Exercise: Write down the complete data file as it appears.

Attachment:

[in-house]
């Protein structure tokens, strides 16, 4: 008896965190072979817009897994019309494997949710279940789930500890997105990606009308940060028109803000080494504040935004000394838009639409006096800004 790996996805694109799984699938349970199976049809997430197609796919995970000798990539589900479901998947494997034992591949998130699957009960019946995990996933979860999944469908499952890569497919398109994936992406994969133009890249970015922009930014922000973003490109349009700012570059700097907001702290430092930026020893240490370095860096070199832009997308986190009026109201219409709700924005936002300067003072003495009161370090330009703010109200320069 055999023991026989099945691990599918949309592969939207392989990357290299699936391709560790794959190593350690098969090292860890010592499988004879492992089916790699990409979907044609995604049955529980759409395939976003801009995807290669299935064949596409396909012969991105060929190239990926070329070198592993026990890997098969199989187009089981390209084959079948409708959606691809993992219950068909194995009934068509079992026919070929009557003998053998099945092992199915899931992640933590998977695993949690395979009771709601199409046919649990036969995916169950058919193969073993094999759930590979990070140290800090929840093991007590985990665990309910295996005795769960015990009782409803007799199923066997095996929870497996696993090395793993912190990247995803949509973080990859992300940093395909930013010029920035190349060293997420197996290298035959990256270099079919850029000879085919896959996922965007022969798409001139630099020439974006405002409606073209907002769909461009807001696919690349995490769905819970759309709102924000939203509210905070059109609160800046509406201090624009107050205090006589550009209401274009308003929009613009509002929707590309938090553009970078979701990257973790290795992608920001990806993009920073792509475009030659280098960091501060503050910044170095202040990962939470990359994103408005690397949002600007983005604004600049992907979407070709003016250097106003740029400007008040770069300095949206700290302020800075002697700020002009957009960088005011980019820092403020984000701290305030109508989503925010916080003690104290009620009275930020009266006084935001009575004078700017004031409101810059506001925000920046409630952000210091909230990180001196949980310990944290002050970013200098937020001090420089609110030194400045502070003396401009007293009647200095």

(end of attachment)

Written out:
[in-house]
């Protein structure tokens, strides 16, 4: 008896965190072979817009897994019309494997949710279940789930500890997105990606009308940060028109803000080494504040935004000394838009639409006096800004 790996996805694109799984699938349970199976049809997430197609796919995970000798990539589900479901998947494997034992591949998130699957009960019946995990996933979860999944469908499952890569497919398109994936992406994969133009890249970015922009930014922000973003490109349009700012570059700097907001702290430092930026020893240490370095860096070199832009997308986190009026109201219409709700924005936002300067003072003495009161370090330009703010109200320069 055999023991026989099945691990599918949309592969939207392989990357290299699936391709560790794959190593350690098969090292860890010592499988004879492992089916790699990409979907044609995604049955529980759409395939976003801009995807290669299935064949596409396909012969991105060929190239990926070329070198592993026990890997098969199989187009089981390209084959079948409708959606691809993992219950068909194995009934068509079992026919070929009557003998053998099945092992199915899931992640933590998977695993949690395979009771709601199409046919649990036969995916169950058919193969073993094999759930590979990070140290800090929840093991007590985990665990309910295996005795769960015990009782409803007799199923066997095996929870497996696993090395793993912190990247995803949509973080990859992300940093395909930013010029920035190349060293997420197996290298035959990256270099079919850029000879085919896959996922965007022969798409001139630099020439974006405002409606073209907002769909461009807001696919690349995490769905819970759309709102924000939203509210905070059109609160800046509406201090624009107050205090006589550009209401274009308003929009613009509002929707590309938090553009970078979701990257973790290795992608920001990806993009920073792509475009030659280098960091501060503050910044170095202040990962939470990359994103408005690397949002600007983005604004600049992907979407070709003016250097106003740029400007008040770069300095949206700290302020800075002697700020002009957009960088005011980019820092403020984000701290305030109508989503925010916080003690104290009620009275930020009266006084935001009575004078700017004031409101810059506001925000920046409630952000210091909230990180001196949980310990944290002050970013200098937020001090420089609110030194400045502070003396401009007293009647200095």